In addition, during reorganization unload, reload, sort, and build processes may all be active at the same time, so the amount of taskset calculation is further constrained by the internal distribution of processes in addition to the memory and processor constraint.

It can be seen that there is a need for a method, apparatus and program storage device for determining an optimal number of tasks during reorganization of a database system with memory and processor constraints.

SUMMARY OF THE INVENTION

To overcome the limitations in the prior art described above, and to overcome other limitations that will become apparent upon reading and understanding the present specification, the present invention discloses a method, apparatus and program storage device for determining an optimal number of tasks during reorganization of a database system with memory and processor constraints.

The present invention solves the above-described problems by providing a reorganization system that identifies memory constraints, identifies processing capabilities and determines a number of reorganization processes and a combination of reorganization processes that provides a minimum reorganization time based upon the identified memory and processing constraints. The identified memory and processing capabilities identify a domain representing a set of rules applicable to the identified memory and processing capabilities. The set of rules of the identified domain are applied to determine an optimal number and combination of reorganization processes that minimizes a reorganization time.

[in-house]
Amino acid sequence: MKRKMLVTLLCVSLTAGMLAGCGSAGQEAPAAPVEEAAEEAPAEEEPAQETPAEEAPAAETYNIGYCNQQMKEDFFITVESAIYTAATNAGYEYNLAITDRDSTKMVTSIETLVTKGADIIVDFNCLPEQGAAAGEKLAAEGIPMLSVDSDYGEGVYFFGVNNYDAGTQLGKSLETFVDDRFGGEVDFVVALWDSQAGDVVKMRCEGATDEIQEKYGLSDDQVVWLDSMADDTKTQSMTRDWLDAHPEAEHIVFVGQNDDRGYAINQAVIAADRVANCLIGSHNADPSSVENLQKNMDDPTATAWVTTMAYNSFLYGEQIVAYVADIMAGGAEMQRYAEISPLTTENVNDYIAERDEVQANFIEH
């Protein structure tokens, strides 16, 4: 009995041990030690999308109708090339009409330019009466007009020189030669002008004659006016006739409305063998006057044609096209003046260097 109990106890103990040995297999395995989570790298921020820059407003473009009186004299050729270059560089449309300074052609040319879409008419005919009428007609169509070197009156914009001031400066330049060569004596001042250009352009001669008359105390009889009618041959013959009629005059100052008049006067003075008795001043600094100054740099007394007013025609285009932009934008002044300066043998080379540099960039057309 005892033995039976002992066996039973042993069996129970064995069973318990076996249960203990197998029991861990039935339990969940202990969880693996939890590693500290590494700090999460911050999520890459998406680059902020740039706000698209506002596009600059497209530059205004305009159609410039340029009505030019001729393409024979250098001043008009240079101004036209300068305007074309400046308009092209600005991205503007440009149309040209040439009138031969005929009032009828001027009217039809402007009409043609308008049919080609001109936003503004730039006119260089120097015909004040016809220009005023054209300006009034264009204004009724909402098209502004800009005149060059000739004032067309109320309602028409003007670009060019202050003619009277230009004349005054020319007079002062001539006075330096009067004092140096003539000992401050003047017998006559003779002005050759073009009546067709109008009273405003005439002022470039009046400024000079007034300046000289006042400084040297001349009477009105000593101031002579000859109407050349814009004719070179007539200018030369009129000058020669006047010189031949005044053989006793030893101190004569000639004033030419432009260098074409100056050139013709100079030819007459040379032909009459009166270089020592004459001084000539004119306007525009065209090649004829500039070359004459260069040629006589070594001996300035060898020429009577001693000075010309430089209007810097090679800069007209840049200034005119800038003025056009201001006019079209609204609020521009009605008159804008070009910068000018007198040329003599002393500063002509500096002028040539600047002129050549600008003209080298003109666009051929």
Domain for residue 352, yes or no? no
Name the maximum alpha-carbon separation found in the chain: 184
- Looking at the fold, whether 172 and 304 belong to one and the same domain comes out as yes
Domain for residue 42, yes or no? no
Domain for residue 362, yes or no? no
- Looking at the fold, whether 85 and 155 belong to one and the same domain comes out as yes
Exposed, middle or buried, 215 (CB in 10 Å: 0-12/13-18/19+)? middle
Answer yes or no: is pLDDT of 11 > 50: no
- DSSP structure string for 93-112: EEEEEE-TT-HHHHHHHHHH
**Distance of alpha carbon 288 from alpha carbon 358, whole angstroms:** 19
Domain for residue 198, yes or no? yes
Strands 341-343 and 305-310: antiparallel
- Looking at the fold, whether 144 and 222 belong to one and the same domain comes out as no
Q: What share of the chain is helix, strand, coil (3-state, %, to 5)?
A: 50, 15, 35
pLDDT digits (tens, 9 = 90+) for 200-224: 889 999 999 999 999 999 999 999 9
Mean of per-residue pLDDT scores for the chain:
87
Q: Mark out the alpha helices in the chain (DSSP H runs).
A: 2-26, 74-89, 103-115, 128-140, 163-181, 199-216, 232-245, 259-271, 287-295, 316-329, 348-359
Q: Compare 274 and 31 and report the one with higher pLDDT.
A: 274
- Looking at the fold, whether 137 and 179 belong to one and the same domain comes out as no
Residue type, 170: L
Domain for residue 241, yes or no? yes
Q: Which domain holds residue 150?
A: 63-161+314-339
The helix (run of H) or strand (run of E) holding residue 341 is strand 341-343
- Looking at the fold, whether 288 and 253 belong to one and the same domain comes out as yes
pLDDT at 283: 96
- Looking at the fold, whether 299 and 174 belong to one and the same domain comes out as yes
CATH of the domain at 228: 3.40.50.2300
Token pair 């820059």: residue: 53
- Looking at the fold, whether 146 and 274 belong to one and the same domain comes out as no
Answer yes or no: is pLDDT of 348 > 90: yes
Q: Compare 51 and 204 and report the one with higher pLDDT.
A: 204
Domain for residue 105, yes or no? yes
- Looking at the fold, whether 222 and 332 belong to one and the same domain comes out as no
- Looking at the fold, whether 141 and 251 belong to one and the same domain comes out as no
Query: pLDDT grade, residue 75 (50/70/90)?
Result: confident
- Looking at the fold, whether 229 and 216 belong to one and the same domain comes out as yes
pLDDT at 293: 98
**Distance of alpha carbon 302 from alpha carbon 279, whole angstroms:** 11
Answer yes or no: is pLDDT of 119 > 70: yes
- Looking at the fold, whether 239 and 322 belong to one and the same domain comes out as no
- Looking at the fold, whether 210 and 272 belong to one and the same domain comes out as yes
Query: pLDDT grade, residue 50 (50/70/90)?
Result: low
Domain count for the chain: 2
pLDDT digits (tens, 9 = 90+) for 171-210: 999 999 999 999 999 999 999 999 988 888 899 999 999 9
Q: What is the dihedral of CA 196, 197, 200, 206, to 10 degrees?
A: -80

These and various other advantages and features of novelty which characterize the invention are pointed out with particularity in the claims annexed hereto and form a part hereof. However, for a better understanding of the invention, its advantages, and the objects obtained by its use, reference should be made to the drawings which form a further part hereof, and to accompanying descriptive matter, in which there are illustrated and described specific examples of an apparatus in accordance with the invention.

BRIEF DESCRIPTION OF THE DRAWINGS

Referring now to the drawings in which like reference numbers represent corresponding parts throughout:

FIG. 1 is a diagram illustrating a computer hardware system that could be employed in accordance with the present invention;

FIG. 2 is a diagram illustrating a computer hardware environment that adds further detail to the hardware environment of FIG. 1;

FIG. 3 illustrates a reorganization system for determining an optimal number of tasks during reorganization of a database system with memory and processor constraints according to an embodiment of the present invention;

FIG. 4 illustrates a flow diagram showing a reorganization of a database according to an embodiment of the present invention;

FIG. 5 is a flow chart of the method for providing the optimal number and mix of processes according to an embodiment of the present invention that follows from the domain 3 described above;

FIG. 6 is a graph that shows an example of the constraints revolving around the number of sort processes and the number of unload/sort/reload processes;

FIG. 7 is a graph that shows there is enough memory available that it does not constrain the number of processes; and

FIG. 8 is a graph that shows that there is insufficient memory available to start mP total processes.

DETAILED DESCRIPTION OF THE INVENTION

In the following description of the embodiments, reference is made to the accompanying drawings that form a part hereof, and in which is shown by way of illustration the specific embodiments in which the invention may be practiced. It is to be understood that other embodiments may be utilized because structural changes may be made without departing from the scope of the present invention.

The present invention provides a method, apparatus and program storage device for determining an optimal number of tasks during reorganization of a database system with memory and processor constraints.